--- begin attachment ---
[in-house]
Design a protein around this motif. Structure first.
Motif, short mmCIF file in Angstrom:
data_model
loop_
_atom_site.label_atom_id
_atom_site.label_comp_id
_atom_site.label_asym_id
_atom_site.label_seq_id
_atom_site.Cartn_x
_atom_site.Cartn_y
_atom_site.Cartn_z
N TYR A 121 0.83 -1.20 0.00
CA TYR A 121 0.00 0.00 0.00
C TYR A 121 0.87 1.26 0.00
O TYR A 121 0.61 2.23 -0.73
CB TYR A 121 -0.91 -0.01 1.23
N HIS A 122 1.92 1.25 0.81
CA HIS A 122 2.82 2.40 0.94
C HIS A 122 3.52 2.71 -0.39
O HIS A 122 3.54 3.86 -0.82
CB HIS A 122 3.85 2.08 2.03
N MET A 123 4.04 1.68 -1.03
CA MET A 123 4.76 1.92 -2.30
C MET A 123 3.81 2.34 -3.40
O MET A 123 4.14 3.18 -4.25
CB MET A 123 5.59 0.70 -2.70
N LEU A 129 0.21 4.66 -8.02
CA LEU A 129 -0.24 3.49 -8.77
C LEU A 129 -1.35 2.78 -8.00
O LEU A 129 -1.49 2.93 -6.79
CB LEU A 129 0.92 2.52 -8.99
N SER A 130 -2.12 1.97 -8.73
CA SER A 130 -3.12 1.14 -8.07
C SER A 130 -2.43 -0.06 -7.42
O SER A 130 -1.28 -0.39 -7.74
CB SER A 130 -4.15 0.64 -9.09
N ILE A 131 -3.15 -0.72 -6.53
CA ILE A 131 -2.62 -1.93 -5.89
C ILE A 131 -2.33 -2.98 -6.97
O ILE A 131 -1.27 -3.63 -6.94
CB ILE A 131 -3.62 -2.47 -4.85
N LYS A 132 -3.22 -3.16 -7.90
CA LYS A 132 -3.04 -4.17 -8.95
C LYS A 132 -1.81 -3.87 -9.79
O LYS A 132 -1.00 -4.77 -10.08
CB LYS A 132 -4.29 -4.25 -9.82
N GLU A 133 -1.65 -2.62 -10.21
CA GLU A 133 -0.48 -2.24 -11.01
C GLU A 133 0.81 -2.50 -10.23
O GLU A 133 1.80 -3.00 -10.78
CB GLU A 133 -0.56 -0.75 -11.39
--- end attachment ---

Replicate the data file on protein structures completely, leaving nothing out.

[in-house]
Design a protein around this motif. Structure first.
Motif, short mmCIF file in Angstrom:
data_model
loop_
_atom_site.label_atom_id
_atom_site.label_comp_id
_atom_site.label_asym_id
_atom_site.label_seq_id
_atom_site.Cartn_x
_atom_site.Cartn_y
_atom_site.Cartn_z
N TYR A 121 0.83 -1.20 0.00
CA TYR A 121 0.00 0.00 0.00
C TYR A 121 0.87 1.26 0.00
O TYR A 121 0.61 2.23 -0.73
CB TYR A 121 -0.91 -0.01 1.23
N HIS A 122 1.92 1.25 0.81
CA HIS A 122 2.82 2.40 0.94
C HIS A 122 3.52 2.71 -0.39
O HIS A 122 3.54 3.86 -0.82
CB HIS A 122 3.85 2.08 2.03
N MET A 123 4.04 1.68 -1.03
CA MET A 123 4.76 1.92 -2.30
C MET A 123 3.81 2.34 -3.40
O MET A 123 4.14 3.18 -4.25
CB MET A 123 5.59 0.70 -2.70
N LEU A 129 0.21 4.66 -8.02
CA LEU A 129 -0.24 3.49 -8.77
C LEU A 129 -1.35 2.78 -8.00
O LEU A 129 -1.49 2.93 -6.79
CB LEU A 129 0.92 2.52 -8.99
N SER A 130 -2.12 1.97 -8.73
CA SER A 130 -3.12 1.14 -8.07
C SER A 130 -2.43 -0.06 -7.42
O SER A 130 -1.28 -0.39 -7.74
CB SER A 130 -4.15 0.64 -9.09
N ILE A 131 -3.15 -0.72 -6.53
CA ILE A 131 -2.62 -1.93 -5.89
C ILE A 131 -2.33 -2.98 -6.97
O ILE A 131 -1.27 -3.63 -6.94
CB ILE A 131 -3.62 -2.47 -4.85
N LYS A 132 -3.22 -3.16 -7.90
CA LYS A 132 -3.04 -4.17 -8.95
C LYS A 132 -1.81 -3.87 -9.79
O LYS A 132 -1.00 -4.77 -10.08
CB LYS A 132 -4.29 -4.25 -9.82
N GLU A 133 -1.65 -2.62 -10.21
CA GLU A 133 -0.48 -2.24 -11.01
C GLU A 133 0.81 -2.50 -10.23
O GLU A 133 1.80 -3.00 -10.78
CB GLU A 133 -0.56 -0.75 -11.39